Forensic chemist detects marijuana-use based on sweat test
Forensic chemist Jan Halámek is proving that our own perspiration not only gives away how drunk we are—but if we are high, too.
Through new research, published in December's edition of ACS Sensors, the Halámek lab has captured the ability to detect a person's marijuana-use based on contents in a small skin secretion that can be taken from fingerprints or any other sweat glands.
This discovery builds on the lab's concept for a roadside testing kit to be used by law enforcement. In November, Halámek introduced a prototype for a color-changing test strip that detects blood alcohol content (BAC) based on ethanol levels in sweat.
"Currently there is a zero-tolerance policy when it comes to marijuana use and operating machinery," said Halámek, an assistant professor of chemistry at the University at Albany. "While many states are moving to various stages of legalization, the focus is mostly on possession and in-home use. There are no reliable roadside devices being used to test for marijuana-impaired driving."
"What makes the use of sweat as a biometric unique is that it is non-invasive. No blood needs to be drawn for a sample," Halámek added. "Our test can be done instantaneously, on the side of the road, which eliminates any possibility of tampering."
How It Works
Similar to the alcohol test strip, Halámek's analysis to detect marijuana relies on a color change. However, instead of ethanol levels in the sweat sample, this test reacts to tetrahydrocannabinol (THC). THC is the main psychoactive component found in marijuana plants and its extracted forms including liquids (THC oils) and edibles (brownies, cookies, gummies, etc.)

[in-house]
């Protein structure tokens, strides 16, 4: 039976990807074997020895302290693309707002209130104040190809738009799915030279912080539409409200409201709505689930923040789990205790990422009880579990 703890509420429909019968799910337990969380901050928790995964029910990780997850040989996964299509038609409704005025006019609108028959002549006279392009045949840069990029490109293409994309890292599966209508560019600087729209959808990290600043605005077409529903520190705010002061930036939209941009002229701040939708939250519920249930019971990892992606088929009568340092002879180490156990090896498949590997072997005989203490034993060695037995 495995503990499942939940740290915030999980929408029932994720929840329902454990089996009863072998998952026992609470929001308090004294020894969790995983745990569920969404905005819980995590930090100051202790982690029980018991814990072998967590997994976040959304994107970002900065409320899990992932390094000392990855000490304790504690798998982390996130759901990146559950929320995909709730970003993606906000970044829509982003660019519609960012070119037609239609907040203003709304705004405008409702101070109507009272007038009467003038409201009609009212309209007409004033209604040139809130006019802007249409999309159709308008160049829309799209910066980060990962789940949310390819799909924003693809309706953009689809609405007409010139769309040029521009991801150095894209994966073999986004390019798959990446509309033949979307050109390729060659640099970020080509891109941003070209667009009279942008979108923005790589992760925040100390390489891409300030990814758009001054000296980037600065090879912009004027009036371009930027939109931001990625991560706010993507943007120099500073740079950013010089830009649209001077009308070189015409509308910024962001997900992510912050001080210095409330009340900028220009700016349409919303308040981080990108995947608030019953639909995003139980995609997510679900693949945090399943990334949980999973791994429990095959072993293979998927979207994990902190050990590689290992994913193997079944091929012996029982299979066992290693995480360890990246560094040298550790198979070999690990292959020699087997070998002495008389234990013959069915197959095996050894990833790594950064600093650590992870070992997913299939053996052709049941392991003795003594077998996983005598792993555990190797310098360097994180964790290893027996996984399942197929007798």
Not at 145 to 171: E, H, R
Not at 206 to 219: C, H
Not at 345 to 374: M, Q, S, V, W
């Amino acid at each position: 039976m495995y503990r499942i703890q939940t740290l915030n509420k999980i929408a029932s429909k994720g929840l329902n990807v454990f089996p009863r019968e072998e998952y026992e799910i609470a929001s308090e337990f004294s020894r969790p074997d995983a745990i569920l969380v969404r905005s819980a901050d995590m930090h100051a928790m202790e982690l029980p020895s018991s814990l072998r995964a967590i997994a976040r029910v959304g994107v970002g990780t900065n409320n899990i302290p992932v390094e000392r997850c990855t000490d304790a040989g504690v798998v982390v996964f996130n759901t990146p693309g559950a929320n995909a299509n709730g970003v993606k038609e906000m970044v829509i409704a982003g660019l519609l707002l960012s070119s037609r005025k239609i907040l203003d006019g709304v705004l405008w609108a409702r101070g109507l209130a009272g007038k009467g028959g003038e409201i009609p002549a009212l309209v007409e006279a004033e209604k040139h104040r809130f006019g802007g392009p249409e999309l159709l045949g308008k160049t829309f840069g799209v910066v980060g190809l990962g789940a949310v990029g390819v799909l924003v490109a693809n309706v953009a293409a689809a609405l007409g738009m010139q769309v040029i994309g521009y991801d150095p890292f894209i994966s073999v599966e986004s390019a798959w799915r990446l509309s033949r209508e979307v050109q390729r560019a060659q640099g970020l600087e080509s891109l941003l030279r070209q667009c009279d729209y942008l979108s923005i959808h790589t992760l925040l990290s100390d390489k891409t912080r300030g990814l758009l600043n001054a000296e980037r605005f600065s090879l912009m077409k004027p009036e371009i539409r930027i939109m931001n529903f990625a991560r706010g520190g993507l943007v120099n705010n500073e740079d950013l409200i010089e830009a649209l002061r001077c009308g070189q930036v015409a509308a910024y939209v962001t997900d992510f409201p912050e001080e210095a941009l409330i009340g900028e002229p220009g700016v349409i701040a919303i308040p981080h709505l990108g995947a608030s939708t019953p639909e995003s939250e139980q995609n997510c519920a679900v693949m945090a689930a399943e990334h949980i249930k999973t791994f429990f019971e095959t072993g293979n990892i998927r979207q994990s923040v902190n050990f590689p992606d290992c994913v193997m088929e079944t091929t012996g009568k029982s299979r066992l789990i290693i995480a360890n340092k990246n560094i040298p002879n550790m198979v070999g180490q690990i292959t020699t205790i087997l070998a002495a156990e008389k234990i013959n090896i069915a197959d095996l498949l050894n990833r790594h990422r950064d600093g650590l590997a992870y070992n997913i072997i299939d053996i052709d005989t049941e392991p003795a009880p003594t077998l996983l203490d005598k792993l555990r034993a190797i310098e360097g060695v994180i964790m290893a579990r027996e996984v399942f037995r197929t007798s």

The analysis works by using an antibody that quantifies the THC metabolite. When less of a color change is observed, this means a higher amount of THC metabolite is present in the sweat sample.
To put their discovery to the test, Halámek, along with his team of UAlbany graduate students, surveyed eight volunteers on their recent marijuana use. Four were users; four were non-users. The group then provided their fingerprints on a plastic wrap that was cut out and subject to analysis.
Results showed a clear difference in observed color change between the two groups.
"While drugs are a new topic for the Halámek lab, it is something we plan to continue diving into," Halámek said. "Much of the fundamentals are the same as our previous research in terms of the collection, extraction, and use of sweat as a biometric."
The Halámek Lab
Along with its roadside testing kit research, the Halámek lab has published a number of other groundbreaking forensics discoveries. In 2017, his team released a concept paper for a sweat-based authentication to unlock mobile and wearable devices. The lab has also released numerous studies on the use of physical crime scene evidence, such as fingerprints or blood residue, to quickly identify key characteristics of culprits.
Halámek joined UAlbany in 2013 and has been funded through numerous fellowships and a three-year grant from the Department of Justice and National Institute of Justice to develop non-invasive sensing concepts.
More information: Erica Brunelle et al. Step toward Roadside Sensing: Noninvasive Detection of a THC Metabolite from the Sweat Content of Fingerprints, ACS Sensors (2019). DOI: 10.1021/acssensors.9b02020
Journal information: ACS Sensors
Provided by University at Albany